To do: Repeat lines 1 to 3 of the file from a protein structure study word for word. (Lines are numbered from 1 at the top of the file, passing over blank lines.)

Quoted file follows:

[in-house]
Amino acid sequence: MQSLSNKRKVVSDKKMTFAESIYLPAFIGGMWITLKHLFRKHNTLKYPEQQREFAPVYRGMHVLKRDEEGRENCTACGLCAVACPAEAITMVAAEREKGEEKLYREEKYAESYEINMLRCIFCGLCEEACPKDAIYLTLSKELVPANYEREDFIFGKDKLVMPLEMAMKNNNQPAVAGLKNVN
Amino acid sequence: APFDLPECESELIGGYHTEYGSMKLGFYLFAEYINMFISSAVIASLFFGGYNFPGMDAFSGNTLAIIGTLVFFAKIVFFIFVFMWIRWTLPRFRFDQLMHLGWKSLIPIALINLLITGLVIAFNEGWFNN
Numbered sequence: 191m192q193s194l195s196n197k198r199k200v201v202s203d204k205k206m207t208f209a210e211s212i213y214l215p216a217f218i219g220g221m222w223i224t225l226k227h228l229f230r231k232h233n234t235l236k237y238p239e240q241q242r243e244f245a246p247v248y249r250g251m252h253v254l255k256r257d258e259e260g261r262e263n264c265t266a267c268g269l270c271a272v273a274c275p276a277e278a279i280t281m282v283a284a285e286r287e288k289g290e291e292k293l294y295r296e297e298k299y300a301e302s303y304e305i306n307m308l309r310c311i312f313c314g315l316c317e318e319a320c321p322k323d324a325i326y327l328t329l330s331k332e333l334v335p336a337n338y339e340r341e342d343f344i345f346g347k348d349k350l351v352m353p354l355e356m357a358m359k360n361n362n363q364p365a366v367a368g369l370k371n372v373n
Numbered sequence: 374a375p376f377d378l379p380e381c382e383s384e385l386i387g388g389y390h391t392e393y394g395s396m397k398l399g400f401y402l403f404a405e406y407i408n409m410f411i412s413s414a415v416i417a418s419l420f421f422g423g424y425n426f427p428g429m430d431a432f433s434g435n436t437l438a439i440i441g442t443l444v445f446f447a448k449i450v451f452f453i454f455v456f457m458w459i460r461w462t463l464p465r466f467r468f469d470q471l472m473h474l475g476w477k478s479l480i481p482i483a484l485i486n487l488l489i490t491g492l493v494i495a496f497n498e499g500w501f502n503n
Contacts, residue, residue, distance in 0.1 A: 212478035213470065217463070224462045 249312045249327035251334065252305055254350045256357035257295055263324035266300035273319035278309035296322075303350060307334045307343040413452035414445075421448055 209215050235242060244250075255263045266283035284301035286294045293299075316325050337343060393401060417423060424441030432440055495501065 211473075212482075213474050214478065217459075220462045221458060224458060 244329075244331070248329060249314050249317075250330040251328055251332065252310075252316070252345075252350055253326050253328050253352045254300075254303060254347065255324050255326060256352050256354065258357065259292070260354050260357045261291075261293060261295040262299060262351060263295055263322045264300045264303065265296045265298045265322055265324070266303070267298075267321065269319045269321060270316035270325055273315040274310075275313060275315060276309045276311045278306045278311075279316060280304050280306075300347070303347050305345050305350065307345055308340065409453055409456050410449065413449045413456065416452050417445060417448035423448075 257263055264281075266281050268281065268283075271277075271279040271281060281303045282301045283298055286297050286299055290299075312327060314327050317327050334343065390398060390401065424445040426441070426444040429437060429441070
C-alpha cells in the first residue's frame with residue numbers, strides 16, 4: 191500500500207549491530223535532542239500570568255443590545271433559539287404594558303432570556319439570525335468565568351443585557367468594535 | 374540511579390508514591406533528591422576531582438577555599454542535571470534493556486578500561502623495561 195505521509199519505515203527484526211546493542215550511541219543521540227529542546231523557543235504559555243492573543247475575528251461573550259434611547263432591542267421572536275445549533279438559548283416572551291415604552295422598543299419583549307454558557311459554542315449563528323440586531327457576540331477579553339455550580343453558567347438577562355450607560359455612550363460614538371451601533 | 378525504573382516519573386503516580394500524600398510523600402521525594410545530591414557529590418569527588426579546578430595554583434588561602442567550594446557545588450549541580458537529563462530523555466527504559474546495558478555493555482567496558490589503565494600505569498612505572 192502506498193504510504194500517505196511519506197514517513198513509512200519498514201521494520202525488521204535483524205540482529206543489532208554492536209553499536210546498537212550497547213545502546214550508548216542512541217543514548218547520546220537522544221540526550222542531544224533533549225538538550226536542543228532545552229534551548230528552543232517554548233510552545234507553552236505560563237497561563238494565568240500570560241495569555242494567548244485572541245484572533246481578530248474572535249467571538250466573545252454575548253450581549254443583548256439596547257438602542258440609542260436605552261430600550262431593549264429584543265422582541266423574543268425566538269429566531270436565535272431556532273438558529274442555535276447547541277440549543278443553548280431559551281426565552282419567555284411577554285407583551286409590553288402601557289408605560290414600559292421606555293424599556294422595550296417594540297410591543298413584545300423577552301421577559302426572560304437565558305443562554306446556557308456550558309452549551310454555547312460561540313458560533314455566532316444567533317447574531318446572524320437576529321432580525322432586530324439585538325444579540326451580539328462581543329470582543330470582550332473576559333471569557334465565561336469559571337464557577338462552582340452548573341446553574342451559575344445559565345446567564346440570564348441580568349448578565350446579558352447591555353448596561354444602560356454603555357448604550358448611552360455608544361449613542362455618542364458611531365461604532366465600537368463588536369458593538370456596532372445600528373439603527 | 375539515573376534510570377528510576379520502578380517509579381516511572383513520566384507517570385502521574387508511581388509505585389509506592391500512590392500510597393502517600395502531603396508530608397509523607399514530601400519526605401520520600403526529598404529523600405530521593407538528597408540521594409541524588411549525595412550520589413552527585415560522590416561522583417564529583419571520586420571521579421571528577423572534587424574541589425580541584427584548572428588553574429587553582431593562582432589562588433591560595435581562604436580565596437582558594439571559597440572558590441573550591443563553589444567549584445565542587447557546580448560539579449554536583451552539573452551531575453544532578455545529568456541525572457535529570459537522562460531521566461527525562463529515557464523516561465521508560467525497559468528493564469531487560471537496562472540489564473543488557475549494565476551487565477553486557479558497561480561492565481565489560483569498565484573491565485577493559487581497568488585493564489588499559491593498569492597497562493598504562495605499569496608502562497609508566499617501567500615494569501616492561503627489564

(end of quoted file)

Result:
[in-house]
Amino acid sequence: MQSLSNKRKVVSDKKMTFAESIYLPAFIGGMWITLKHLFRKHNTLKYPEQQREFAPVYRGMHVLKRDEEGRENCTACGLCAVACPAEAITMVAAEREKGEEKLYREEKYAESYEINMLRCIFCGLCEEACPKDAIYLTLSKELVPANYEREDFIFGKDKLVMPLEMAMKNNNQPAVAGLKNVN
Amino acid sequence: APFDLPECESELIGGYHTEYGSMKLGFYLFAEYINMFISSAVIASLFFGGYNFPGMDAFSGNTLAIIGTLVFFAKIVFFIFVFMWIRWTLPRFRFDQLMHLGWKSLIPIALINLLITGLVIAFNEGWFNN